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Are Market Forces Ruining B-town’s ‘Sense of Place’?

Bloomington’s downtown landscape has changed dramatically in the past decade — influenced more by college students who desire modern amenities than by longtime residents who want to preserve their hometown. Writer Sarah Gordon considers how the conflicting goals of property development and historic preservation affect our “sense of place.” Click here to read the full story.

Farm to Yarn: The Craft Part 3 of a 3-Part Series on the Life of Local Fiber

In parts one and two of her “Farm to Yarn” series, Lindsay Welsch Sveen procured yarn from its source and learned how to dye it. In this finale, she finds help with knitting “magical creations” — socks! Click here to read the full story.

200 Road Trips to Explore Hoosier Country’s 200th

Are your travel plans more likely to favor French Lick over France, or Yellowwood over Yellowstone? Do you find road maps more interesting than flight plans? If you’re tempted to hit the road this summer to explore Indiana for its bicentennial, several new books can help guide your way. Click here to read the full story.

New Pekin, Ind., Has ‘Oldest’ 4th of July Celebration in the Nation

Every year since 1830, a small town in southern Indiana has celebrated the 4th of July, making it what the townspeople (and The Library of Congress) say is the “Oldest Consecutive 4th of July Celebration in the Nation.” Writer Michael Waterford looks into this event, which rivals those in towns hundreds of times its size. Click here to read the full story.

One World’s ‘New Business Model’ Opens Doors for Startups

Jeff Mease, co-founder of One World Enterprises, has long shared his business knowledge — and even his commissary — with numerous startups. Now the guy who’s “fascinated about localism” has doubled-down on his collaborative business model with a new, bigger commissary, which he will share with other entrepreneurs in his KitchenShare program. Click here for the full story.

Outfitted: Paddling the Lakes and Rivers of Southern Indiana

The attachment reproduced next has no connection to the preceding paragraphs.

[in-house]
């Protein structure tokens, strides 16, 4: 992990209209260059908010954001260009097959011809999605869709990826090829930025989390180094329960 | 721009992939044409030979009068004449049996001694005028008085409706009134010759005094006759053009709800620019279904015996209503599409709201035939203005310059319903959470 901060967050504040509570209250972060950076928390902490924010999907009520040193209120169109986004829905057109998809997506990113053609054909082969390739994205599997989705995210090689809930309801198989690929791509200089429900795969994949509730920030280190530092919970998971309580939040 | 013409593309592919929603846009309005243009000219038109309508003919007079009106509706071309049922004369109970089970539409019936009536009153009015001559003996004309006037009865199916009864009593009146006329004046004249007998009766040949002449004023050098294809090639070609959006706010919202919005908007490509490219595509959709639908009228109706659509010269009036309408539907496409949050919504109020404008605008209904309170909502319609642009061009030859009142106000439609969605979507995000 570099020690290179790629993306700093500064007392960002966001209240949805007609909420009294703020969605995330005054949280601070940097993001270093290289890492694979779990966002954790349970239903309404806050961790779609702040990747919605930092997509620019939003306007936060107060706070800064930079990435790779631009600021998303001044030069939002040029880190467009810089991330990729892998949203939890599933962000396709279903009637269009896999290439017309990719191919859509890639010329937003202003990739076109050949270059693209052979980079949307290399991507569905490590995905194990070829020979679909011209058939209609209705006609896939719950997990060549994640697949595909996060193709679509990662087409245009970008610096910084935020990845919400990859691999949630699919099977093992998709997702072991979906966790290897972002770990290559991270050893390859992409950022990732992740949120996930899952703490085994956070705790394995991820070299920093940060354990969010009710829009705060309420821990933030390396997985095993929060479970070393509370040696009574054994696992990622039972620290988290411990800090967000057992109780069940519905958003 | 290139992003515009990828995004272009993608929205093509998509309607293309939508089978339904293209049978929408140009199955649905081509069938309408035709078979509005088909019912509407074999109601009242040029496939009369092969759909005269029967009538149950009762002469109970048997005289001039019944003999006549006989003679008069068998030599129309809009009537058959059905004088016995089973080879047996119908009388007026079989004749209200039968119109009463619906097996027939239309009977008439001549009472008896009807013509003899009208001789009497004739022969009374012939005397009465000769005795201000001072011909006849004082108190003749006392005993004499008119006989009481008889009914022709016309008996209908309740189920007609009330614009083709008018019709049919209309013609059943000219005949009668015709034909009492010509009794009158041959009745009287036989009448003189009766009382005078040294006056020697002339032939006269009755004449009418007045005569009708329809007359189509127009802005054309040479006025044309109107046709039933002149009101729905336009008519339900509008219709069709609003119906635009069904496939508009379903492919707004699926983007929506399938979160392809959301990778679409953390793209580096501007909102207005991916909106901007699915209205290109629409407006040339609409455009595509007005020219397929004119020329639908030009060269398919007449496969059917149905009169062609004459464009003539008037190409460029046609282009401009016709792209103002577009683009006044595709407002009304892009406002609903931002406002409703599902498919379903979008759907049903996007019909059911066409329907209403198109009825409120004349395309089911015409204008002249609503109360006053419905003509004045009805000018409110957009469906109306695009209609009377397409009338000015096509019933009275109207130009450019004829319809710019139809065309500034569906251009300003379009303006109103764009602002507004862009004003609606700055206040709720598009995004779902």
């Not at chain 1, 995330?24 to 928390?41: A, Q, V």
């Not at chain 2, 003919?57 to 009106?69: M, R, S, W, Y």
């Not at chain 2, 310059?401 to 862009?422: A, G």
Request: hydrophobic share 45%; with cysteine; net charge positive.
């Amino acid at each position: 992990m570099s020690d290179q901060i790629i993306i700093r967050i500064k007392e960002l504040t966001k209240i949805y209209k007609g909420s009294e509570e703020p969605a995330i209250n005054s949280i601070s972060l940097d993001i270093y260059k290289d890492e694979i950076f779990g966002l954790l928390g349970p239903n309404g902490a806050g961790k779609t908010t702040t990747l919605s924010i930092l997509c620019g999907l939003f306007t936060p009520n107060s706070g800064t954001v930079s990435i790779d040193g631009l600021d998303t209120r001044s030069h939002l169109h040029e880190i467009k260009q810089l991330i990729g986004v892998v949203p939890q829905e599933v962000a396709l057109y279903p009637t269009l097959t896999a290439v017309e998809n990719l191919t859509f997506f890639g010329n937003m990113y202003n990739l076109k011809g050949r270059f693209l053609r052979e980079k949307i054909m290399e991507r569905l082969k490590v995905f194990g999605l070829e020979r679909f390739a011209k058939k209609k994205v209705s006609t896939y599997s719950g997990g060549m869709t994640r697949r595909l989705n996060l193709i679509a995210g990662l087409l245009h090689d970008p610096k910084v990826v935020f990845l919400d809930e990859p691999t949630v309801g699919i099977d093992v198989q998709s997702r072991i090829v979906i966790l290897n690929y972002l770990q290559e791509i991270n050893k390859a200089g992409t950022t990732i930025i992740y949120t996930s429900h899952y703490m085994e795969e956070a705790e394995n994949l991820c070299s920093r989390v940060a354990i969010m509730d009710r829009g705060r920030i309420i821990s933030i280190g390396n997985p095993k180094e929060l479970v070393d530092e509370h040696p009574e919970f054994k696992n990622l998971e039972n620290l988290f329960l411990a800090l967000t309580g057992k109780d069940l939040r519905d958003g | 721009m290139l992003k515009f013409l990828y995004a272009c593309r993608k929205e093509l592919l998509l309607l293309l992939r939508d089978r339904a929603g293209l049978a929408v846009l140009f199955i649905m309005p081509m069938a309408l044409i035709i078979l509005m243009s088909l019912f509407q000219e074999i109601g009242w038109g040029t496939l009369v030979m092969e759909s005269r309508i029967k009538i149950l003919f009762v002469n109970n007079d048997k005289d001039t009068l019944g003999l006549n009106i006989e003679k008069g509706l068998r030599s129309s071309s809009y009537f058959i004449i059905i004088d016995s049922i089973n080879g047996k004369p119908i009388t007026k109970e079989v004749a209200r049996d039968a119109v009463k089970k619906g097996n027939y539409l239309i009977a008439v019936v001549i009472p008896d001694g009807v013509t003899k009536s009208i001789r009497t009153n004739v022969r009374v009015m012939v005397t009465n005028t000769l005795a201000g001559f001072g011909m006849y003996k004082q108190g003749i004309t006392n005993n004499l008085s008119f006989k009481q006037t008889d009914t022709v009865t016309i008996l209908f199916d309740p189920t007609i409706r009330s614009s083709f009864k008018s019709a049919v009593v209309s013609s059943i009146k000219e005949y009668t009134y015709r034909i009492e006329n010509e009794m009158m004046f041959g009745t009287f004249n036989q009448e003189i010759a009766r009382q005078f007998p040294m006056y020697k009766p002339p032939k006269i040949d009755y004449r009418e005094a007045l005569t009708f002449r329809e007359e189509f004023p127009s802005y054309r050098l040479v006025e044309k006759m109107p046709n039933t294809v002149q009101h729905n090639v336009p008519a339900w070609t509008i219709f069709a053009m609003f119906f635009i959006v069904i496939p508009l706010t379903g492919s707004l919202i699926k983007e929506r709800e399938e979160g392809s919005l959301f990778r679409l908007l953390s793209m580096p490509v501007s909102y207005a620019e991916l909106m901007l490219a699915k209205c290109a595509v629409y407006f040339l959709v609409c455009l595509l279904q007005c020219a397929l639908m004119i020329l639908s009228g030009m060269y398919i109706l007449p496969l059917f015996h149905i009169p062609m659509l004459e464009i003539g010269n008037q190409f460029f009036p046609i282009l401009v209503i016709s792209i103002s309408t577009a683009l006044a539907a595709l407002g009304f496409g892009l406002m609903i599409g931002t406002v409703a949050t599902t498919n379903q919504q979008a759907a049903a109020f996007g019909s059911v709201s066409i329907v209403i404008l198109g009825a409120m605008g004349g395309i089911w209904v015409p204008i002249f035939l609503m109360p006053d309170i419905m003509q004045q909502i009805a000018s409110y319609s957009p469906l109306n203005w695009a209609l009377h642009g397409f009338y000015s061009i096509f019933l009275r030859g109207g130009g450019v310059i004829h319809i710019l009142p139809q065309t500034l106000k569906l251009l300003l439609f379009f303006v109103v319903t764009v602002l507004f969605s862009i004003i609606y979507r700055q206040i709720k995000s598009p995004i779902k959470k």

Adventure-travel writer, outfitter, and explorer of the unknown, Michael Waterford says some of the best excursions can be had in southern Indiana. In this introduction to paddling, he offers suggestions on how to get on local lakes and rivers. It’s the first step, he says, to saving them. Click here to read the full story.

Explore — Even Dive Into — Quarries During Limestone Month

The news about Rooftop Quarry suddenly becoming inaccessible has made many people sad. But during Indiana Limestone Month in June, you can take guided tours of three nearby quarries — and even swim in the quarries at White Rock Park near Shelbyville. Limestone Post’s Editorial Director Lynae Sowinski has all the details. Click here to read the story.

These New Photos Show Rooftop Is Inaccessible But Not Destroyed

Rooftop Quarry has been a local landmark for generations. But, citing “public safety concerns,” the company has taken measures to make the popular swimming hole safer by making it less accessible. View new photos of the quarry, which was featured in the 1979 movie Breaking Away. Click here for the full story and to view the photos.

From Blue Grass to ‘Purple Rain,’ Bean Blossom Fest Celebrates 50 Years of Influence

Even before Bill Monroe's first “Blue Grass Celebration” in 1967, Bean Blossom, Indiana, was a home to the style of music Monroe created. Fifty years later, it’s still considered the cradle of bluegrass music. As writer Samantha Eibling tells it, Monroe’s — and Bean Blossom’s — influence reaches far and wide. Click here to read the full story.

Food Insecurity, Part 3: Complex Issues Put College Students at Risk

Concluding her three-part series on food insecurity, writer Sarah Gordon found the obstacles to getting healthful food are different for college students than for others — everything from insecurity within their social groups to disasters in their hometowns or countries. She also found an IU student who is doing something about it. Click here to read the full story.

Sanders Is Only Presidential Candidate to Visit Bloomington Before the Primary

Vermont Senator Bernie Sanders has been the only presidential candidate of either party to visit Bloomington during this campaign season. An enthusiastic crowd greeted him inside and outside of Indiana University Auditorium on Wednesday. Writer/photographer TJ Jaeger captured the event in words and photos. Click here to read the full story.

Former Foster Child Says CASA Had Huge Impact on His Success

When children enter the legal system due to neglect or abuse, they often confront an ever-changing stream of caseworkers, counselors, and more. As Dorian Phillips learned, their one constant throughout the process is their Court Appointed Child Advocate, or CASA, who stays with each child until the case is closed. Click here to read the full story.